- Julius Caesar in the theatre tomorrow (with my mother.. Oh God)
- Band rehearsal Sunday
- No-strings-attached Bach lecture part 1/4 Monday
Isn’t this shaping up to be quite the cultural couple of days? *inordinately pleased*
Anonymous asked: The world needs more people like you who are all in to serious, high brow lit and stuff but aren't afraid to openly admit that they lose their mind over things like Doctor Who. Perfect. And Bravo.
Thank you so much. But I agree. Just because you’re in to more serious things doesn’t mean that you can’t be in to more fun things as well. I hate that we live in a world where we still feel the need to “hide” interests like Doctor Who or just our interest in fandom, in general, as if fandom makes us seem less intelligent or serious or goodness knows what society seems to think it does. Everyone has a variety of interests and hiding some of them just because they fall outside the realm of what is deemed to be socially acceptable is a pity.
I spent a lot of time repressing my “fangirl” side and playing down my interest in shows and films and whatnot. My closest friends all knew about it when I was younger, but they also tended to act like it was the great unfortunate side of my personality. My childhood best friend would always sigh when I started ranting about a show or film and then start telling me that it wasn’t “healthy” to care so much about something fictional and that I needed to “snap out of it” and “grow up.” Thankfully, I eventually realized that she was wrong (and we are not friends anymore) and that there’s nothing to be ashamed of in caring about these things.
The fact of the matter is that stories are stories and characters are characters and narratological elements apply to all different forms of story telling. “High brow” literary works stand out because they exquisitely master and express all of these things and have been widely accepted to be “worthy” of being deemed as literature and as art, but one’s interest in them should in no way mean that they can’t be equally as interested in “lesser” works. Films have risen in esteem over the past century and interest in them has become respectable, while television still lags behind, appearing as something that people more or less scoff at. Yet, television series can do just as wonderful a job with storytelling as other medias. Indeed, while it may lack the elegant language or depth of literature, it can tell just as or even more poignant stories and is not something that should be as easily dismissed as it continues to be today. (Granted, there’s loads of awful things on television, but there are also loads of trashy novels out there, so who’s to say that makes television so very inferior to literature?) There are - culturally - few things that piss me off more than people who are so terribly pretentious that they run around bragging that they “don’t own a television.”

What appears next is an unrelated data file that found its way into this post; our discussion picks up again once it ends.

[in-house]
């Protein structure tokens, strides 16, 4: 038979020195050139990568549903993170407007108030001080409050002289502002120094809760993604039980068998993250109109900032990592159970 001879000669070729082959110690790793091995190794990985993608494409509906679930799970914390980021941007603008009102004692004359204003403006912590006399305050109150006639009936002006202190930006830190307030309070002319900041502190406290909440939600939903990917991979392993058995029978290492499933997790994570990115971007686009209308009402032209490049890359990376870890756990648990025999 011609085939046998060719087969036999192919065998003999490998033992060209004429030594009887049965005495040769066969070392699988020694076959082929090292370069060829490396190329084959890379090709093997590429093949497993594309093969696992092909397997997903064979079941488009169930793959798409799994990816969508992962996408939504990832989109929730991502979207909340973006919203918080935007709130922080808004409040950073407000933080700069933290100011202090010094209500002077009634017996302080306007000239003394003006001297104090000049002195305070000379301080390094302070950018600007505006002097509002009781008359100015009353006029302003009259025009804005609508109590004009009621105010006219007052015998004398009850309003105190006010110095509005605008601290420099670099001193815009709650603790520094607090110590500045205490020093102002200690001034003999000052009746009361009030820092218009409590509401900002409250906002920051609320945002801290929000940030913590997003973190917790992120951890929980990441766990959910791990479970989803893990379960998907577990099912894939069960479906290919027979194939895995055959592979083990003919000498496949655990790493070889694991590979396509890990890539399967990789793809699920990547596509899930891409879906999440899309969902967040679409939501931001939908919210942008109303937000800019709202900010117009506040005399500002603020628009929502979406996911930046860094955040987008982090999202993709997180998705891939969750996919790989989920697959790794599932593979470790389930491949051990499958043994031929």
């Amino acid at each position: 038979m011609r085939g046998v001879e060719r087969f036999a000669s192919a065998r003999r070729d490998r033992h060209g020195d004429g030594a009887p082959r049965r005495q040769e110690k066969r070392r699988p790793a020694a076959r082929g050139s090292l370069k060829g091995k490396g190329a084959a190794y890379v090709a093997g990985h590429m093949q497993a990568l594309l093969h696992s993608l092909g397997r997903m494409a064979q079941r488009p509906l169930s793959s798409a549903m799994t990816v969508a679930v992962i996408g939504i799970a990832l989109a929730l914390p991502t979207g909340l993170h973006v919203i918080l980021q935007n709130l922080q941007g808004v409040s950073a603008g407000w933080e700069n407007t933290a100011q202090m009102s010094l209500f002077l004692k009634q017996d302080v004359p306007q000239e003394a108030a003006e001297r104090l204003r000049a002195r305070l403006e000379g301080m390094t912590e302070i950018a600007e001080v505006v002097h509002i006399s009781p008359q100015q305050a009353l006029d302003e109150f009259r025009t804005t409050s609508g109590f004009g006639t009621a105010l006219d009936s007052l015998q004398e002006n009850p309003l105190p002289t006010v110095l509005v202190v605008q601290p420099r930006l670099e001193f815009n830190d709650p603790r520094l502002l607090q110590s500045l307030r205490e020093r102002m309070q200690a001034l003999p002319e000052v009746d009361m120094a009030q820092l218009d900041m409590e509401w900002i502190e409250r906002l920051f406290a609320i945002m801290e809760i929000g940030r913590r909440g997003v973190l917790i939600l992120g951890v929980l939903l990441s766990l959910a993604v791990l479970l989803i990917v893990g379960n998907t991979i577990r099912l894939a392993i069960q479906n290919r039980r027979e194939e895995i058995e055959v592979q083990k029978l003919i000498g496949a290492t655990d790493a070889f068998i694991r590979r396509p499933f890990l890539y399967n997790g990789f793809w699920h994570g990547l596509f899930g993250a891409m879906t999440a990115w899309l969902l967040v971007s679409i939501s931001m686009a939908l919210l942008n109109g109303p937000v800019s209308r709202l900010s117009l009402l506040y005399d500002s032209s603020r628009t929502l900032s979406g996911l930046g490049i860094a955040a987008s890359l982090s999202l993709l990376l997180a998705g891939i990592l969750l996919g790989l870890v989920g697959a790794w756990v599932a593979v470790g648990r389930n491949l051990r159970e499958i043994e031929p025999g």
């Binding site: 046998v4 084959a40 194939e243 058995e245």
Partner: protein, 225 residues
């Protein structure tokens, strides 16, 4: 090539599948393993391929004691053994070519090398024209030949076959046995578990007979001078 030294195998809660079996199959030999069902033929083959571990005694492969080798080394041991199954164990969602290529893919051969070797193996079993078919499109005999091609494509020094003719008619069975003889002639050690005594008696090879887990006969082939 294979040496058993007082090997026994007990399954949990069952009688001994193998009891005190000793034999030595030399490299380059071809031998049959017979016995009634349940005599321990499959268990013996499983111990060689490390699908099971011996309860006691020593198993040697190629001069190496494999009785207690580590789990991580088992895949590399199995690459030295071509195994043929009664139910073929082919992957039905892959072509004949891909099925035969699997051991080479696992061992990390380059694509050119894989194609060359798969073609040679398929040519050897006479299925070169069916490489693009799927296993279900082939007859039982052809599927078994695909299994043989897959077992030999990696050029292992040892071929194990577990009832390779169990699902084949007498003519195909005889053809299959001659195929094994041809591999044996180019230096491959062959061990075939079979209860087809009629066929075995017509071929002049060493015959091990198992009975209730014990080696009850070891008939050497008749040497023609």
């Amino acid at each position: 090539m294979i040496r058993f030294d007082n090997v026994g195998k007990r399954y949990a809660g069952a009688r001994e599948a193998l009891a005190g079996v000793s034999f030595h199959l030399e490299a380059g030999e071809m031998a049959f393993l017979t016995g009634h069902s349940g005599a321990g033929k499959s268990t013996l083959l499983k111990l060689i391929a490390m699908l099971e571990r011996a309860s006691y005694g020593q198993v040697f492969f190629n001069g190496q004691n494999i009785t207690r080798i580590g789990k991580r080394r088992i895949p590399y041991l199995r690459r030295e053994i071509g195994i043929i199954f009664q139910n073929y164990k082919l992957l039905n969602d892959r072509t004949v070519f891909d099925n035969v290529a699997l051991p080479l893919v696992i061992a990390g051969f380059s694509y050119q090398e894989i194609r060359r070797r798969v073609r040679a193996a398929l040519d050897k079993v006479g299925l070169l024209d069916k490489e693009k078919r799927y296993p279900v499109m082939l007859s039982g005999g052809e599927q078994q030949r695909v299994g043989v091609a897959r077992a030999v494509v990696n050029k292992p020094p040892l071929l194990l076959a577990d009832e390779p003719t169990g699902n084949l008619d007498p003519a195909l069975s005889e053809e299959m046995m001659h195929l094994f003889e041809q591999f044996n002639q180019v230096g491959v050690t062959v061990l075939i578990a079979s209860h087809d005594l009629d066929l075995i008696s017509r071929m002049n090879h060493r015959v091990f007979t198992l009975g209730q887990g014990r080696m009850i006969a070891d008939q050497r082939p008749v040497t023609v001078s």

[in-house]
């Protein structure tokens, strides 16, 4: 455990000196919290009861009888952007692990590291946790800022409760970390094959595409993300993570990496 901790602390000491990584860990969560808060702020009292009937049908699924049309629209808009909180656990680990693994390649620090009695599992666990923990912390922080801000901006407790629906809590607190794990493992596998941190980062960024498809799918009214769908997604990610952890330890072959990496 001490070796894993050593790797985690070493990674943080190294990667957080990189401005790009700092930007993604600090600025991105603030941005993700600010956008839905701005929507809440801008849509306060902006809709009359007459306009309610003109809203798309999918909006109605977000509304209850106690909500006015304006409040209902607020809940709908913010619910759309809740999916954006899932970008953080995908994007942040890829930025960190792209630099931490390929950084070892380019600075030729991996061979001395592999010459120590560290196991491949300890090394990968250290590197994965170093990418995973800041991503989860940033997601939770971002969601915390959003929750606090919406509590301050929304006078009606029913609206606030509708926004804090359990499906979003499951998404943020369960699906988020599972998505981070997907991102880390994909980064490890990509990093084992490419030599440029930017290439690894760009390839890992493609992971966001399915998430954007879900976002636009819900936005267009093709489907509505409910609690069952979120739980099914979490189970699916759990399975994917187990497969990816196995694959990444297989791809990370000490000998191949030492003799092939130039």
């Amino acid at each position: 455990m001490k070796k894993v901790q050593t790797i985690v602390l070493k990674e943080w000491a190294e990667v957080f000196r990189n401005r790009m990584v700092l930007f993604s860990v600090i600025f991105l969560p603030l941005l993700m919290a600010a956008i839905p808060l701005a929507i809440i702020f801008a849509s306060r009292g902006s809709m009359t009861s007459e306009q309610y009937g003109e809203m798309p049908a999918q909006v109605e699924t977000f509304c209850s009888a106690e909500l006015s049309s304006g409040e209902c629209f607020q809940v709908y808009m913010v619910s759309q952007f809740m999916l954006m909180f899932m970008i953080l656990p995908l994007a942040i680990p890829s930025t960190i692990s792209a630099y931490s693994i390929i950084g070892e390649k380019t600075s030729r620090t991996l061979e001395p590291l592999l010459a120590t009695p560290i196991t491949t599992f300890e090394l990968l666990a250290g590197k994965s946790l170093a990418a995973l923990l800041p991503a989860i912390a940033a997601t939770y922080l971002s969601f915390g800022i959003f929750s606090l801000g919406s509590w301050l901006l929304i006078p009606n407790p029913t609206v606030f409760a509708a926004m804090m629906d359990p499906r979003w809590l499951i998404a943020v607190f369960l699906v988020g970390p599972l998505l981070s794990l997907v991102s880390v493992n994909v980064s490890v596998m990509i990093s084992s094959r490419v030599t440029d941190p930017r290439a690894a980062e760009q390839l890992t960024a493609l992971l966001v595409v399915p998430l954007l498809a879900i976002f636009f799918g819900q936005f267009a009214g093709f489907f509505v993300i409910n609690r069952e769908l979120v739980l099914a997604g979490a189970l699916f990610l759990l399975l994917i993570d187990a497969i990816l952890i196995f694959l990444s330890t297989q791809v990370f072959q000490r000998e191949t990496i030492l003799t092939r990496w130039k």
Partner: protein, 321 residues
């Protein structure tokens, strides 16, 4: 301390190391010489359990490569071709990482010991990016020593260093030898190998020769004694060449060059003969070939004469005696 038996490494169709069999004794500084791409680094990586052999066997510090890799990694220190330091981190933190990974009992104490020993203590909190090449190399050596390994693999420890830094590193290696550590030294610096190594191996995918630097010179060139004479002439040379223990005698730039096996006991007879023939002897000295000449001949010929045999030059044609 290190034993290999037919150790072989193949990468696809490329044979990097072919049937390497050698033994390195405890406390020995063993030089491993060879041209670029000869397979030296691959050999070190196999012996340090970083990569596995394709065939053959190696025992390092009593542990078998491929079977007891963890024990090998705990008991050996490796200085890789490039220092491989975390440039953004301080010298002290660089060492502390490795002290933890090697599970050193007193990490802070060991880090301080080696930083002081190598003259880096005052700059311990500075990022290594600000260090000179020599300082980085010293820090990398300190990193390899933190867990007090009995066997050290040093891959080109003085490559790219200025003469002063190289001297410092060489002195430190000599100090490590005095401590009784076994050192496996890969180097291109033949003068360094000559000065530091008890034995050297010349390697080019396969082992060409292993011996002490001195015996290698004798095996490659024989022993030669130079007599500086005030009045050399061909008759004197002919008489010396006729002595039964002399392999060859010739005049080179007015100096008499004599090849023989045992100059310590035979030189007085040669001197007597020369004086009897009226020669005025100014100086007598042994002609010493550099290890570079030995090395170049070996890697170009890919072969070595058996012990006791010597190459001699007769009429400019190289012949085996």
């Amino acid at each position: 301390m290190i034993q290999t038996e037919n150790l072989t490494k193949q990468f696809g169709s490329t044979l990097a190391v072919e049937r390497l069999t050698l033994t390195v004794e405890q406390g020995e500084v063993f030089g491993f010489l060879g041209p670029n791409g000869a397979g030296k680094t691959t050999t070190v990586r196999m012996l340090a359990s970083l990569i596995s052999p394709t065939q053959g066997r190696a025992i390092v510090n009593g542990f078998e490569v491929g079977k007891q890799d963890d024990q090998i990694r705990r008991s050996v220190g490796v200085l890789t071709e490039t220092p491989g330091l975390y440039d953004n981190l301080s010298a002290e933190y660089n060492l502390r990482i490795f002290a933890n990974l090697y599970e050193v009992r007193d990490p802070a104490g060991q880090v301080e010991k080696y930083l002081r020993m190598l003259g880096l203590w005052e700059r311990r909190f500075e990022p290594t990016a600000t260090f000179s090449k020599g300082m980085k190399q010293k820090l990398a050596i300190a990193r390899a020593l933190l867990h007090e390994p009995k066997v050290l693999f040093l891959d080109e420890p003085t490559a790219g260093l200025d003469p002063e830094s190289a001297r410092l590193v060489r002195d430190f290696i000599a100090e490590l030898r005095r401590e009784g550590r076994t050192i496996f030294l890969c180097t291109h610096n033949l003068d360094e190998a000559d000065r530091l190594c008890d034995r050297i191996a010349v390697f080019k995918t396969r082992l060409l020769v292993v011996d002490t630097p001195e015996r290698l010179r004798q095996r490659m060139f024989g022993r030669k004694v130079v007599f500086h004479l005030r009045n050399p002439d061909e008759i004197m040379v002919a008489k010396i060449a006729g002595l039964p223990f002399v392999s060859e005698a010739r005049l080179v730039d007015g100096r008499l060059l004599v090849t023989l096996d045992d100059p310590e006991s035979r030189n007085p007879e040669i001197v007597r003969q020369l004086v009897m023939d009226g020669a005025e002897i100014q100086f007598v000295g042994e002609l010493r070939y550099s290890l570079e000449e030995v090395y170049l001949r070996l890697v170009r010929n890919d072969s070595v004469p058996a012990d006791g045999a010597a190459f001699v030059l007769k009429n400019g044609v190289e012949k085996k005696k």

I still love literature more than anything and I’m not saying that Doctor Who and the likes of Kafka should be on the same page, but the fact is that they’re not all that different at the end of the day. I’m both sad that society overall continues to see them as two completely different entities and happy that this has, at least in some spheres, started to change.
Honestly, this is also something that I love about my university. We obviously study loads of traditional literature and whatnot, but depending on the topic, profs will mix films and shows in to the curriculum. We watched Grimm in a class last year and spent part of a class watching and analyzing an episode of CSI last week and have more things ahead of us.
I’m rambling, so I’m going to stop, but thank you. ♥
The ‘fun’ thing is that, if you’ve grown up in circles where so-called fandom life is the norm, you’re looked down upon if you do not appreciate the big names of television and film. I’ve gotten some odd stares when I explained I found Doctor Who mildly amusing at best, but not very gripping.
In contrast, my occasional interest in more ‘serious’ media has gotten me labeled as being pretentious, trying to be interesting and elitarian. Try telling your highschool classmates you actually enjoyed some of the books on your mandatory reading list.
I suppose it’s lucky I grew up on both serious literature and silly tv shows, because if I didn’t still have that childhood affinity with high brow stuff I might have disregarded it now as something ‘above my station’.
(it’s still very intimidating, but that’s another issue altogether)
I will forever be miffed at so many libraries for adopting ‘neutral’, modern interiors.
All those bright, open spaces and clean, impersonal lines make me feel uncomfortable. Unsafe, like I have to be on my guard. Everyone can see me sitting in that universal spotlight, and I don’t feel safe because if I am not alert, I won’t see them and they’ll have the upper hand.
I would love to hole up in a library to read (often, I can’t read in my own home because there is so much ‘me’ floating around within those walls that I cannot sufficiently get lost inside someone else’s story), but it’s near impossible to truly dive into a book and forget your surroundings when you feel you have to constantly keep an eye on those surroundings.
So I had a funeral today.
Except I didn’t, because having multiple loud coughing fits in a chapel during a funeral service didn’t quite seem the done thing, and I had to scarper off.
Instead of attending an apparently very beautiful service with shaman drums and dances, I sat in a park scaring away little kids (sitting on a bench alternately coughing, smoking and cursing while dressed in black seems to do that) after which I spent a lovely hour in a strange library reading up on my English literature history.
I am kind of royally pissed off at this fucking head cold now. It’s been 2 weeks and it’s still bugging me.
I may be ‘on the road to alright’, but I’m getting a pretty impressive headache of the turns in that road -_-